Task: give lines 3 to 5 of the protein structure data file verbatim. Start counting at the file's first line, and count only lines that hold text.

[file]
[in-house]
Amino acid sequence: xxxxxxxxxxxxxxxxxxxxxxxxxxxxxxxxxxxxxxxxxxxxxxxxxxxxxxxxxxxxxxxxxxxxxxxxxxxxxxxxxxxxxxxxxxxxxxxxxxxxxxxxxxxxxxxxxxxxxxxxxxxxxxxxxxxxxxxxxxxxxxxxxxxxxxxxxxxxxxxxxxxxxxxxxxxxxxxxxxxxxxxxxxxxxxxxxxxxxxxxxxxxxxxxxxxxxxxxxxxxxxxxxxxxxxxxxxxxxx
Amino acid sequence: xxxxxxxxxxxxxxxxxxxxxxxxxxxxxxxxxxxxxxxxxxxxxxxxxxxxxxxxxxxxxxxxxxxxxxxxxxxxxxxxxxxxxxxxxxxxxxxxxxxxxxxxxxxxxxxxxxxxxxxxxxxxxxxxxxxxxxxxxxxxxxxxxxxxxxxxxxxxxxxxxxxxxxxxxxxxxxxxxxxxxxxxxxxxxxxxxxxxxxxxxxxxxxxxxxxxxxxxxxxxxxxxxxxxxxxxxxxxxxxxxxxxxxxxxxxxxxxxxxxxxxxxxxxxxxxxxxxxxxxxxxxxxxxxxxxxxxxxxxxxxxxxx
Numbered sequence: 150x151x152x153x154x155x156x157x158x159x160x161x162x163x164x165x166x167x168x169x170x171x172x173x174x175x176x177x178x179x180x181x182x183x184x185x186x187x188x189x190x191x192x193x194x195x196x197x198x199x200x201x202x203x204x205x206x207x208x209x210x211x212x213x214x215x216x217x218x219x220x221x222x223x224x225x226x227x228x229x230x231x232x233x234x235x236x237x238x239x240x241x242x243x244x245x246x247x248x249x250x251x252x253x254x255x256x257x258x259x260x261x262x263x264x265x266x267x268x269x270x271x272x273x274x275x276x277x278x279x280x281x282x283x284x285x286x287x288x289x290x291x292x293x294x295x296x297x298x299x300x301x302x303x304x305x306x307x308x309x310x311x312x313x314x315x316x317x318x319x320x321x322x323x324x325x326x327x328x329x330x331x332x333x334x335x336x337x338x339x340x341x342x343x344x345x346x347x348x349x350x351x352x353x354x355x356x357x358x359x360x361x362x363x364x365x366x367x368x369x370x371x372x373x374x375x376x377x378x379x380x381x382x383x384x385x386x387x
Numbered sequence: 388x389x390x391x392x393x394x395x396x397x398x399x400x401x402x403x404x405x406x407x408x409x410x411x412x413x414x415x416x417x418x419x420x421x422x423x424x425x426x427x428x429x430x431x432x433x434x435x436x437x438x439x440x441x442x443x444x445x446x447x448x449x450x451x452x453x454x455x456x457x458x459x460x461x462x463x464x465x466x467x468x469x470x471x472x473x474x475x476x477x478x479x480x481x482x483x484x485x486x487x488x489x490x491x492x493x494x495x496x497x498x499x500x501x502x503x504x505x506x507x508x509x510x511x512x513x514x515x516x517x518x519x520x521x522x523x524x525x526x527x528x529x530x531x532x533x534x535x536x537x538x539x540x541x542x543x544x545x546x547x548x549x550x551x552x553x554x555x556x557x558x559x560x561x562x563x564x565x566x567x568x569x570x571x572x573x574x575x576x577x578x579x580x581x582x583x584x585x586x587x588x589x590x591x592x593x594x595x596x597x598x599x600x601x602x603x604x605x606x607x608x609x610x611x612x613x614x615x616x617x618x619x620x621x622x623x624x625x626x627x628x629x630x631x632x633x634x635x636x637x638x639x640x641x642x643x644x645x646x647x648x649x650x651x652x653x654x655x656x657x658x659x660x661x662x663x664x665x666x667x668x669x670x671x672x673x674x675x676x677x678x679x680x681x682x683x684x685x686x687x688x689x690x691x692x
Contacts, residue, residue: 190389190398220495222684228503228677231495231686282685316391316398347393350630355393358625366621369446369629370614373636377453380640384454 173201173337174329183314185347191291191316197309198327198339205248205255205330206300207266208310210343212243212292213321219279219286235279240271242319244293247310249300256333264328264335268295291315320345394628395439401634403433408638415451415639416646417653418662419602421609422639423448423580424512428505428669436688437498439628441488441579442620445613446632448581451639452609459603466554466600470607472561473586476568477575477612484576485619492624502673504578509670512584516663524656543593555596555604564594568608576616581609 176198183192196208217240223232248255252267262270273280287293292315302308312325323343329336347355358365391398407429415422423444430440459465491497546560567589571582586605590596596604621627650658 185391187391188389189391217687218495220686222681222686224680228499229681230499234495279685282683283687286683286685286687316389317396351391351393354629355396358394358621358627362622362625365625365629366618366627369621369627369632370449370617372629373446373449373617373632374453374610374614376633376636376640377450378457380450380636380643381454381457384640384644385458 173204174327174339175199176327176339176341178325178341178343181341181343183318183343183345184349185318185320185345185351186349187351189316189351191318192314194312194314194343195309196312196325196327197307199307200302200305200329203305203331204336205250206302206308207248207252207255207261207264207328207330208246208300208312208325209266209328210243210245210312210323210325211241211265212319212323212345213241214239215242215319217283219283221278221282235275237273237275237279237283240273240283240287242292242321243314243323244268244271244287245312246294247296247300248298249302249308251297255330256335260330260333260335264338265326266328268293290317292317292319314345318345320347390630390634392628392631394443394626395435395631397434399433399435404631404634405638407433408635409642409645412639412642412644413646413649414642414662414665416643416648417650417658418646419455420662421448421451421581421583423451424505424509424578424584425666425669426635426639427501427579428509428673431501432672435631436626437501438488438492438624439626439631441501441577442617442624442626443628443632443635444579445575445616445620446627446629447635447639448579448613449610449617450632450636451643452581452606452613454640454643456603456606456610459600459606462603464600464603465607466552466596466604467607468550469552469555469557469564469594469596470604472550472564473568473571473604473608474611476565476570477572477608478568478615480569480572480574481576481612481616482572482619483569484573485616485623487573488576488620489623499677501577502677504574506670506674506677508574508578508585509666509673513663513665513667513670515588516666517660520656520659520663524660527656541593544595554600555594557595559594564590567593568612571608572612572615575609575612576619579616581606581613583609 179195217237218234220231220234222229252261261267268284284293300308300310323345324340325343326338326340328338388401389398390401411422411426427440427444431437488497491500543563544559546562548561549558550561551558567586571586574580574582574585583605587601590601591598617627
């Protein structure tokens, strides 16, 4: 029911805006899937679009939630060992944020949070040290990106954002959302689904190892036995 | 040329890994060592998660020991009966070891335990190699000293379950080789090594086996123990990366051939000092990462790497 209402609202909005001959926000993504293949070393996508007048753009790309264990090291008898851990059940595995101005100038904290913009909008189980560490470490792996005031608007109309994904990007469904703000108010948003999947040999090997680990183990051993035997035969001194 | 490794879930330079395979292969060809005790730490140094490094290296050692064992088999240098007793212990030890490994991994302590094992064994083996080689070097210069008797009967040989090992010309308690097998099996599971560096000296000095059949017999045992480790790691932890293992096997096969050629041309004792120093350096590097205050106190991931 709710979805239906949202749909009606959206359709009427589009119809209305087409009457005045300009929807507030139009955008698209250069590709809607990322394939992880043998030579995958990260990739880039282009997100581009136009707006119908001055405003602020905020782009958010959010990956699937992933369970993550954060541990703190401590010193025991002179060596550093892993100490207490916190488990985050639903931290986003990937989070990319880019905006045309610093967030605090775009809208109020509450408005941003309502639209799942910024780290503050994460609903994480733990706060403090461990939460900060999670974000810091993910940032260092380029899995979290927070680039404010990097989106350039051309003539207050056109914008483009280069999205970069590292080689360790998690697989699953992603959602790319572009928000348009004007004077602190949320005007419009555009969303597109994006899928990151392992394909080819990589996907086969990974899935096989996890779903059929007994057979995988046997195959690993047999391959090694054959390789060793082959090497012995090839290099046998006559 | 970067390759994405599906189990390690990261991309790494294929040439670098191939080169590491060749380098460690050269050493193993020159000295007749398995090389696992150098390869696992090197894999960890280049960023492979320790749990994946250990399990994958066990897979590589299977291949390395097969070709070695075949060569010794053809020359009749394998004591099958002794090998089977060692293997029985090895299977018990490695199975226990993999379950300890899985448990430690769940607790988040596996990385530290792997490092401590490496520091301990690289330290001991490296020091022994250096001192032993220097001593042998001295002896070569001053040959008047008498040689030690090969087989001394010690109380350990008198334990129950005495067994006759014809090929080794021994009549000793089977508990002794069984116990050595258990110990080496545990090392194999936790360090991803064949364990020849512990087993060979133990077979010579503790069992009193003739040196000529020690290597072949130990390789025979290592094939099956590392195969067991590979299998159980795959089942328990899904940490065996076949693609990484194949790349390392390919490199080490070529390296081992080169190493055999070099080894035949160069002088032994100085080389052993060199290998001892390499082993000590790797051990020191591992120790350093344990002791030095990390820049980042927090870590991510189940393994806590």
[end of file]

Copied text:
Amino acid sequence: xxxxxxxxxxxxxxxxxxxxxxxxxxxxxxxxxxxxxxxxxxxxxxxxxxxxxxxxxxxxxxxxxxxxxxxxxxxxxxxxxxxxxxxxxxxxxxxxxxxxxxxxxxxxxxxxxxxxxxxxxxxxxxxxxxxxxxxxxxxxxxxxxxxxxxxxxxxxxxxxxxxxxxxxxxxxxxxxxxxxxxxxxxxxxxxxxxxxxxxxxxxxxxxxxxxxxxxxxxxxxxxxxxxxxxxxxxxxxxxxxxxxxxxxxxxxxxxxxxxxxxxxxxxxxxxxxxxxxxxxxxxxxxxxxxxxxxxxxxxxxxxxx
Numbered sequence: 150x151x152x153x154x155x156x157x158x159x160x161x162x163x164x165x166x167x168x169x170x171x172x173x174x175x176x177x178x179x180x181x182x183x184x185x186x187x188x189x190x191x192x193x194x195x196x197x198x199x200x201x202x203x204x205x206x207x208x209x210x211x212x213x214x215x216x217x218x219x220x221x222x223x224x225x226x227x228x229x230x231x232x233x234x235x236x237x238x239x240x241x242x243x244x245x246x247x248x249x250x251x252x253x254x255x256x257x258x259x260x261x262x263x264x265x266x267x268x269x270x271x272x273x274x275x276x277x278x279x280x281x282x283x284x285x286x287x288x289x290x291x292x293x294x295x296x297x298x299x300x301x302x303x304x305x306x307x308x309x310x311x312x313x314x315x316x317x318x319x320x321x322x323x324x325x326x327x328x329x330x331x332x333x334x335x336x337x338x339x340x341x342x343x344x345x346x347x348x349x350x351x352x353x354x355x356x357x358x359x360x361x362x363x364x365x366x367x368x369x370x371x372x373x374x375x376x377x378x379x380x381x382x383x384x385x386x387x
Numbered sequence: 388x389x390x391x392x393x394x395x396x397x398x399x400x401x402x403x404x405x406x407x408x409x410x411x412x413x414x415x416x417x418x419x420x421x422x423x424x425x426x427x428x429x430x431x432x433x434x435x436x437x438x439x440x441x442x443x444x445x446x447x448x449x450x451x452x453x454x455x456x457x458x459x460x461x462x463x464x465x466x467x468x469x470x471x472x473x474x475x476x477x478x479x480x481x482x483x484x485x486x487x488x489x490x491x492x493x494x495x496x497x498x499x500x501x502x503x504x505x506x507x508x509x510x511x512x513x514x515x516x517x518x519x520x521x522x523x524x525x526x527x528x529x530x531x532x533x534x535x536x537x538x539x540x541x542x543x544x545x546x547x548x549x550x551x552x553x554x555x556x557x558x559x560x561x562x563x564x565x566x567x568x569x570x571x572x573x574x575x576x577x578x579x580x581x582x583x584x585x586x587x588x589x590x591x592x593x594x595x596x597x598x599x600x601x602x603x604x605x606x607x608x609x610x611x612x613x614x615x616x617x618x619x620x621x622x623x624x625x626x627x628x629x630x631x632x633x634x635x636x637x638x639x640x641x642x643x644x645x646x647x648x649x650x651x652x653x654x655x656x657x658x659x660x661x662x663x664x665x666x667x668x669x670x671x672x673x674x675x676x677x678x679x680x681x682x683x684x685x686x687x688x689x690x691x692x